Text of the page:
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Dr. Hunter S. Thompson is the high priest of Gonzo journalism, a reporting style in which the reporter throws himself wildly into the event he is reporting, so that in a way he becomes the event. Karl Lazlo (not his real name) was a Mexican-American attorney Thompson met in the late 1960s and immortalized in Fear and Loathing in Las Vegas, a book in which, "speaking as your attorney," Lazlo regularly advised his client to ingest large quantities of booze, drugs and pills. The purpose: to ward off paranoia and insanity as the two engaged on a drunken odyssey through the craziness of the Vegas Strip.
The Vegas book was followed by Fear and Loathing on the Campaign Trail, in which Thompson terrorized the 1972 presidential campaign as a correspondent for Rolling Stone. His mere presence was enough to cause terror in the hearts of advance men. The last appearance - or rather disappearance - of Lazlo in Thompson's writing is in "The Banshee Screams for Buffalo Meat," a 1976 Rolling Stone article in which the doctor speculates that his attorney has disappeared for good and been murdered.
"Where the Buffalo Roam" is a comedy inspired by the relationship between Thompson (Bill Murray) and Lazlo (Peter Boyle). The credits say it's "based on the twisted legend of Dr. Hunter S. Thompson." The doctor has become an American folk legend not only through his increasingly infrequent and incoherent Rolling Stone articles, but also through his frequent walk-ons (as Raoul Duke) in the comic strip Doonesbury. We know his uniform: eyeshade, cigarette holder, garish Hawaiian shirt, bermuda, shorts, bottle of Wild Turkey or similar beverage.
In Doonesbury, the character fights crisis with paranoia. In real life, Thompson has proven no more immune to the effects of alcohol and drug addiction than anybody else, and lives in isolation in his cabin In Woody Creek, Colo., where he has written almost nothing worth reading since his original brilliant books. He seems to be spending these latter days of his fame having almost as much fun as Brendan Behan did.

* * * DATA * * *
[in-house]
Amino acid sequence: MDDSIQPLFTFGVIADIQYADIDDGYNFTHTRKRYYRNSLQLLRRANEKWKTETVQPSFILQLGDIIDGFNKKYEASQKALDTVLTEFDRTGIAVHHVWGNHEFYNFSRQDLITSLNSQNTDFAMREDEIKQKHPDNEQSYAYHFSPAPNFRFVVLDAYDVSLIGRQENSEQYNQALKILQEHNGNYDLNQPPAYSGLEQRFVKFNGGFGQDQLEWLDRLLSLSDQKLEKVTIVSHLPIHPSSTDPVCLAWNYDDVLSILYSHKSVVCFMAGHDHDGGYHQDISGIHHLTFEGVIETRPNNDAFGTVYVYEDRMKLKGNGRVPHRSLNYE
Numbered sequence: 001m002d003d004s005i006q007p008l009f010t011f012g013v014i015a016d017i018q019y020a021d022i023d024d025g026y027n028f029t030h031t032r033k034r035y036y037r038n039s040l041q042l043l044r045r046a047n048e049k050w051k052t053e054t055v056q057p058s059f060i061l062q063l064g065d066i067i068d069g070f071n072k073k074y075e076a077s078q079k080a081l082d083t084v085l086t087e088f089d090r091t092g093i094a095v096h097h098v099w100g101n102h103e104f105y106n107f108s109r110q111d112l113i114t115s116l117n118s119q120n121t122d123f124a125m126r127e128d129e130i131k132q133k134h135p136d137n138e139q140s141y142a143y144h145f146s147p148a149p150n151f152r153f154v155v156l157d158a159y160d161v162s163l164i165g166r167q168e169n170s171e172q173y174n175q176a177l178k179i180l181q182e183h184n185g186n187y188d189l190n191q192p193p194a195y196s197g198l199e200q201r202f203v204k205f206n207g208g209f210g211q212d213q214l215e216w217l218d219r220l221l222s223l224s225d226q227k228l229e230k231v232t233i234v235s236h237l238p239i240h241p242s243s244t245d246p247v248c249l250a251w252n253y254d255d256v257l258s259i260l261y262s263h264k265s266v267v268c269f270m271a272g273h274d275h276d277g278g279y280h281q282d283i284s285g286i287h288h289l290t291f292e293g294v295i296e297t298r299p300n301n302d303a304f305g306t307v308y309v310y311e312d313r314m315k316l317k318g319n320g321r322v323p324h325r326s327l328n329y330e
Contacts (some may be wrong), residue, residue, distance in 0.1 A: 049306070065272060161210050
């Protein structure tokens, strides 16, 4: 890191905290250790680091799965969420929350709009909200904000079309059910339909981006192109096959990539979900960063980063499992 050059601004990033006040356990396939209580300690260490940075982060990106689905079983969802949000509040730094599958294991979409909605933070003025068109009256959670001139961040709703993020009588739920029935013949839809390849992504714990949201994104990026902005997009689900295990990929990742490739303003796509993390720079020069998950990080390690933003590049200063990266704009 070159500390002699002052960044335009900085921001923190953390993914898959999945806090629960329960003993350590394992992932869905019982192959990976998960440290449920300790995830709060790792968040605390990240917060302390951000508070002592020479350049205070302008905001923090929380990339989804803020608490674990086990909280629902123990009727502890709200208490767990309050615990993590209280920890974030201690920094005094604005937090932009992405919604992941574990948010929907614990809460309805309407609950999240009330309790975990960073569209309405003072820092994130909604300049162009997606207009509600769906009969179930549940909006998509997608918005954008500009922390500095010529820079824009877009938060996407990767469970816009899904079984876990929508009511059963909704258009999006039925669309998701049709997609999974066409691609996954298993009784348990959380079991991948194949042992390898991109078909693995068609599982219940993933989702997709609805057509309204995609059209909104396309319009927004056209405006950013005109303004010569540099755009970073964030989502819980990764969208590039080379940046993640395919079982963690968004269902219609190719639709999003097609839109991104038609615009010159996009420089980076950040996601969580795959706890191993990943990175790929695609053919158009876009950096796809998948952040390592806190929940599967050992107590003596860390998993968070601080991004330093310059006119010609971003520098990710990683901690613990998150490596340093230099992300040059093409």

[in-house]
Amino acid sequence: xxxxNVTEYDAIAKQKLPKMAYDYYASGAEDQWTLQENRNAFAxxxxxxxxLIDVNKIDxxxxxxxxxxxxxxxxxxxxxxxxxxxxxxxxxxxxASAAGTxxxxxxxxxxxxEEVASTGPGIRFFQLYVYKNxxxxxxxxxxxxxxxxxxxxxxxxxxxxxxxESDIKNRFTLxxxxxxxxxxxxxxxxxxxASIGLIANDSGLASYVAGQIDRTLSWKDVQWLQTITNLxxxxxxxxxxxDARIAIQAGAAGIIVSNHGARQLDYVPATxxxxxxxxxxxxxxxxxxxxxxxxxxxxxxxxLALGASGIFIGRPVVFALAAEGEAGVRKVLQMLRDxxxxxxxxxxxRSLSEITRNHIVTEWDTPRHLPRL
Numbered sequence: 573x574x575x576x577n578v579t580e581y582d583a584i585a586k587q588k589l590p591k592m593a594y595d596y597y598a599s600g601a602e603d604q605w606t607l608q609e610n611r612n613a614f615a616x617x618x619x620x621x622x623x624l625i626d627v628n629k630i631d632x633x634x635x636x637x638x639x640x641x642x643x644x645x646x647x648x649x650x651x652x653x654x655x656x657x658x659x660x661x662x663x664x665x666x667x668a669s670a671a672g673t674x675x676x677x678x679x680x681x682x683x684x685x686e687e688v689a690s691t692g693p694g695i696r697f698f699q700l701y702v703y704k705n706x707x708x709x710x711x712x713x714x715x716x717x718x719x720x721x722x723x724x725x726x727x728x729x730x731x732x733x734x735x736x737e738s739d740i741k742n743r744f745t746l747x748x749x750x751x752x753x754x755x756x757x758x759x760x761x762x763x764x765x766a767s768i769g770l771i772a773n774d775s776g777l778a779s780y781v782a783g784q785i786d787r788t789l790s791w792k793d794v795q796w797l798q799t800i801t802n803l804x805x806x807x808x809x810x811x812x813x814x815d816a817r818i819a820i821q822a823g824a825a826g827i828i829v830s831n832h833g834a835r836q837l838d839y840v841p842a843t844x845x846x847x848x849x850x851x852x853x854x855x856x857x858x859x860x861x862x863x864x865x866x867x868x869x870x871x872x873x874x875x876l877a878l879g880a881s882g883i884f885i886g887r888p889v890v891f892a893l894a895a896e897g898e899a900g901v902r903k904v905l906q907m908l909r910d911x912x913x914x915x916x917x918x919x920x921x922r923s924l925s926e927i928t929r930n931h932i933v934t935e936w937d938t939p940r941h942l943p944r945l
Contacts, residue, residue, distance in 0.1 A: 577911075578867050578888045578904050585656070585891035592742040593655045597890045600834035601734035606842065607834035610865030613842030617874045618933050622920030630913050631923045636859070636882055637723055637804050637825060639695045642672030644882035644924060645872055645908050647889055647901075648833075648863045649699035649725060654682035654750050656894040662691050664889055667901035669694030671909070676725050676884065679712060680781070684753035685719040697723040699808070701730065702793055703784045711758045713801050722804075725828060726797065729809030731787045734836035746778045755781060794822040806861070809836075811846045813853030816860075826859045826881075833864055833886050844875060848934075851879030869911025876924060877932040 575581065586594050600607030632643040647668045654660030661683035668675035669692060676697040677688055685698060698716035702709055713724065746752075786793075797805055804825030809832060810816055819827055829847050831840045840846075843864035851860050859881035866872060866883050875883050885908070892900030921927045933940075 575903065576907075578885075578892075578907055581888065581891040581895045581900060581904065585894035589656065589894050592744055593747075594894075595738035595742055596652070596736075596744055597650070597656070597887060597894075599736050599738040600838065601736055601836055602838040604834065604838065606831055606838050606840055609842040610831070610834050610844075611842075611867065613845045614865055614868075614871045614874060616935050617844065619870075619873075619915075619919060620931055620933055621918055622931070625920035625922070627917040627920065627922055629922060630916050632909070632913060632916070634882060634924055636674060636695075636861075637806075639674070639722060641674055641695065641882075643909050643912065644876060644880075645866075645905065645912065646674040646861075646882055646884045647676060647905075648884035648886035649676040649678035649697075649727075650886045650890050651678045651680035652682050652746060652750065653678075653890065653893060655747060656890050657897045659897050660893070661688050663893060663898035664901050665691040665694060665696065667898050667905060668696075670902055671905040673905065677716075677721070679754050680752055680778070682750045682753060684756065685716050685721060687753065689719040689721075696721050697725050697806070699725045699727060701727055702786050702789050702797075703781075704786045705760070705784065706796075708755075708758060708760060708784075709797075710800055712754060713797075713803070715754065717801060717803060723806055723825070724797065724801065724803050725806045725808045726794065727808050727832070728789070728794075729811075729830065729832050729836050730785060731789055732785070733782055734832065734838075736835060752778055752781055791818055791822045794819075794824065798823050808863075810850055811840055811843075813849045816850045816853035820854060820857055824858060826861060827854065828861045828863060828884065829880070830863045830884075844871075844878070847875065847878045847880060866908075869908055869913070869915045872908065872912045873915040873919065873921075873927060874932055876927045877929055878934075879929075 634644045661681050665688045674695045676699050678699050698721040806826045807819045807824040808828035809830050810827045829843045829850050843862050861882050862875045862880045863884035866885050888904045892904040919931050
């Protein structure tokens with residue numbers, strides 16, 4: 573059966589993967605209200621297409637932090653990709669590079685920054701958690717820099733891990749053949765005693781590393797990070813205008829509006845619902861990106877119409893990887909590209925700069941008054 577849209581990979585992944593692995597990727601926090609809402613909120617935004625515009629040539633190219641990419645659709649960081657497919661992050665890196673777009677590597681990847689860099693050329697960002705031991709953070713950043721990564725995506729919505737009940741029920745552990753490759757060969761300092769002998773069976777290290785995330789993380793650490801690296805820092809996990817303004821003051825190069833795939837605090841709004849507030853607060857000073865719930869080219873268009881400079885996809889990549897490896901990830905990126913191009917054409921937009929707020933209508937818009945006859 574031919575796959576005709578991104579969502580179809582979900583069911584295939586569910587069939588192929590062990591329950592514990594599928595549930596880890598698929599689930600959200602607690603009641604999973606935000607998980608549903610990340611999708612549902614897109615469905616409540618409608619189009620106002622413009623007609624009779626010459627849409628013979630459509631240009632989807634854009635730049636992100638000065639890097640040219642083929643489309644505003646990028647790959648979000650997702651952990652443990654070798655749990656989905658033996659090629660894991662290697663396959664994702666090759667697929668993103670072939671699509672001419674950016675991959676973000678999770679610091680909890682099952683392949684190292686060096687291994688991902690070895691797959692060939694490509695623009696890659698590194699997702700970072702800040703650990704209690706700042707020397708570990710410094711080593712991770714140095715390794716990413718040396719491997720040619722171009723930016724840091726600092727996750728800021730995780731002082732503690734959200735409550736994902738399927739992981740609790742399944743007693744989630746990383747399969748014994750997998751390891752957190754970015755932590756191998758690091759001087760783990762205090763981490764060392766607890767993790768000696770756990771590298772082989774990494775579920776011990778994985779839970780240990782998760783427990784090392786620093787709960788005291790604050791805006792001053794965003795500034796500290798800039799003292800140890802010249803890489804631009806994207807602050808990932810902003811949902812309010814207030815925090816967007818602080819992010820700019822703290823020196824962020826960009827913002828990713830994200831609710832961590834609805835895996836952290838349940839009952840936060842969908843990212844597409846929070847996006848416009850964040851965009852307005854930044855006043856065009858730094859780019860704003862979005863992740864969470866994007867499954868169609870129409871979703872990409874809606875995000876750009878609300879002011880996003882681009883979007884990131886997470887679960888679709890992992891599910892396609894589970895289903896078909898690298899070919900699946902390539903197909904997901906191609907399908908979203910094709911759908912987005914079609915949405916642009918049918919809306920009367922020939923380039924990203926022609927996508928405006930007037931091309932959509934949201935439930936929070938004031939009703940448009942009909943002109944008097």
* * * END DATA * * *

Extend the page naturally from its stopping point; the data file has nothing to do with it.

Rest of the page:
But "Where the Buffalo Roam" is a celebration of the self-created public legend of Hunter Thompson, with no insights, or hints into the dark night of his soul. That's a legitimate approach, and there are times during the movie when it works: There are really funny moments here, as when we learn that Thompson's dog has been trained to go berserk at the mention of Nixon, or when Thompson covers the Super Bowl by staging a football game in his hotel suite, or when he pulls a gun on a telephone, or turns a hospital room into an orgy, or attempts to impersonate a correspondent from the Washington Post. An amazing number of these scenes are inspired by real life - although it was Sen. George McGovern, not Richard Nixon, who found himself being interviewed by Thompson while standing at a urinal.
We laugh at a lot of these moments; this is the kind of bad movie that's almost worth seeing. But there are large things wrong with "Where the Buffalo Roam." One of them is its depiction of the relationship between Thompson and Lazlo. That's what the movie is supposed to be about, and yet we never discover why these two characters like one another. What is their relationship, aside from the coincidence that they happen to get stoned or drunk together in bizarre circumstances? Are they even really friends? Because the movie's central relationship just isn't there, the events don't matter so much: We get bizarre episodes but no insights.
The other problem is that the Dr. Thompson character never seems to really feel the effects of the chemicals he hurls so recklessly at his system. Murray plays Thompson well but in a mostly one-level performance: He walks through the most insane situations with a quizzical monotone, a gift for understatement, a drug-induced trance. Any real person drinking and drugging like Thompson would have an occasional high, and a more than occasional disastrous low. Here he has neither.
And so the movie fails to deal convincingly with either Thompson's addictions or with his friendship with Lazlo. It becomes just a series of set pieces, oft-told tales about the wild and crazy things he's done while he was zonked. We wish him well, but we leave the theater wondering, a little cynically, if Thompson has had as much fun destroying himself as we've had watching him.